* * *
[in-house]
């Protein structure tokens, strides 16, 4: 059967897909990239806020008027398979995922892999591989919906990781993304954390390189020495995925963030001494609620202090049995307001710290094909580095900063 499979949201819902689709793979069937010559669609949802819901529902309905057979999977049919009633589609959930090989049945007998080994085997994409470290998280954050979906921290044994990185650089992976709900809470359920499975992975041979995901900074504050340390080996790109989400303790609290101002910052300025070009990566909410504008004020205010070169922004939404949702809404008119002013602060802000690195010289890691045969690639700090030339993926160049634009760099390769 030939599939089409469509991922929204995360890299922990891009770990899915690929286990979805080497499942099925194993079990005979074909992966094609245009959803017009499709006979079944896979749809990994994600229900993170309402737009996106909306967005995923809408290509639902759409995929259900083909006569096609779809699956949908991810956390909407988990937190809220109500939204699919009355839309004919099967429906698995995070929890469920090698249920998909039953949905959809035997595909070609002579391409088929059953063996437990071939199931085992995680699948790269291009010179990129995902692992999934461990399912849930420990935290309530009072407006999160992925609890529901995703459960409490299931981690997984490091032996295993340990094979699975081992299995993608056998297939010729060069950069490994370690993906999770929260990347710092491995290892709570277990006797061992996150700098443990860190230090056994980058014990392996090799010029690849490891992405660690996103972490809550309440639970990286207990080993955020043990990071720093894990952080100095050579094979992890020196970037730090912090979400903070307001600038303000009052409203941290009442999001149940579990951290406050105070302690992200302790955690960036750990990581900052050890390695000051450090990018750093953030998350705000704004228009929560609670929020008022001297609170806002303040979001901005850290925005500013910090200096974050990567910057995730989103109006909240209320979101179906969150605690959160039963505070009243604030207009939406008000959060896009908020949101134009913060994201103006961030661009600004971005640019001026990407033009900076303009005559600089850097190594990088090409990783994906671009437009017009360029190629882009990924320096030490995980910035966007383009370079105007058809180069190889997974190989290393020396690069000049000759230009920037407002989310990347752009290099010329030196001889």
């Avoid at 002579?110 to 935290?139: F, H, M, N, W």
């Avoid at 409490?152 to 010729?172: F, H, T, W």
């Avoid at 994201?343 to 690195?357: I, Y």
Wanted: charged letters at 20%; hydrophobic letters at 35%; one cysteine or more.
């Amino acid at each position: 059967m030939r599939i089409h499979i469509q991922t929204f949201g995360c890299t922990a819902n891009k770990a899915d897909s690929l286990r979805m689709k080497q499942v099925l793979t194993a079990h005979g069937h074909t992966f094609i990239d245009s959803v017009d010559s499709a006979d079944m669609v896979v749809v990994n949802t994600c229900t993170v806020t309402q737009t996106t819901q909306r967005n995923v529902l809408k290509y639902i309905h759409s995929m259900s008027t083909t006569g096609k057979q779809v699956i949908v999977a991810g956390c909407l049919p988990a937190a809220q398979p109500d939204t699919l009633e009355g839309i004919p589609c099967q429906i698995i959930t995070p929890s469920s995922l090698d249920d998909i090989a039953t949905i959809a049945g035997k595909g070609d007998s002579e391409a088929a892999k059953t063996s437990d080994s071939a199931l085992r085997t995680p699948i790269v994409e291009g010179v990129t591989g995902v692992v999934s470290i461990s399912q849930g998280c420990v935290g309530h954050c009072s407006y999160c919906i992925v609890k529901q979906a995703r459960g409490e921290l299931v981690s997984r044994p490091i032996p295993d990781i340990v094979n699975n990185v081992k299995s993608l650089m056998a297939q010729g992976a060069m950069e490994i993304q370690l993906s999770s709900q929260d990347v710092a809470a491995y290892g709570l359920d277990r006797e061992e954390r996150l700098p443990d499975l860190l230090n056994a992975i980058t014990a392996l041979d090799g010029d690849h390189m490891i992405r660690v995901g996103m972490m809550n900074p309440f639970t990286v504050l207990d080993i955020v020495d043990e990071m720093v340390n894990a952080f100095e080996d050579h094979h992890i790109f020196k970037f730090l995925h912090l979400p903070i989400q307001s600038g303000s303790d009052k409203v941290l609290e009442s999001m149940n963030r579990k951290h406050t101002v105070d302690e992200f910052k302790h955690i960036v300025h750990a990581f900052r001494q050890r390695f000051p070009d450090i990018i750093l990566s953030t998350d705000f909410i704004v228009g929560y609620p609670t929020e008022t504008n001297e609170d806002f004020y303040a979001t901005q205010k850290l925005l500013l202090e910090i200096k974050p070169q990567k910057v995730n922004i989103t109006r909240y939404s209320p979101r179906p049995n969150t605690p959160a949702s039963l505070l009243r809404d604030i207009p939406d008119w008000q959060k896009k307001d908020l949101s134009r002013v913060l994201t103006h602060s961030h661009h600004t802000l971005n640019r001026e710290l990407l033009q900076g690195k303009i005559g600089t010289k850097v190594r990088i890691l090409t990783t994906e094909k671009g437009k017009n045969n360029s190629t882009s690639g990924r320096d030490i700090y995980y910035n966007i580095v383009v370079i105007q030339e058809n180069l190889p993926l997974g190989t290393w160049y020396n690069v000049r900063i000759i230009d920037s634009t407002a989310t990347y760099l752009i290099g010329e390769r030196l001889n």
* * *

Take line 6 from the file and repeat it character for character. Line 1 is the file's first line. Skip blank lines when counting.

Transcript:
Wanted: charged letters at 20%; hydrophobic letters at 35%; one cysteine or more.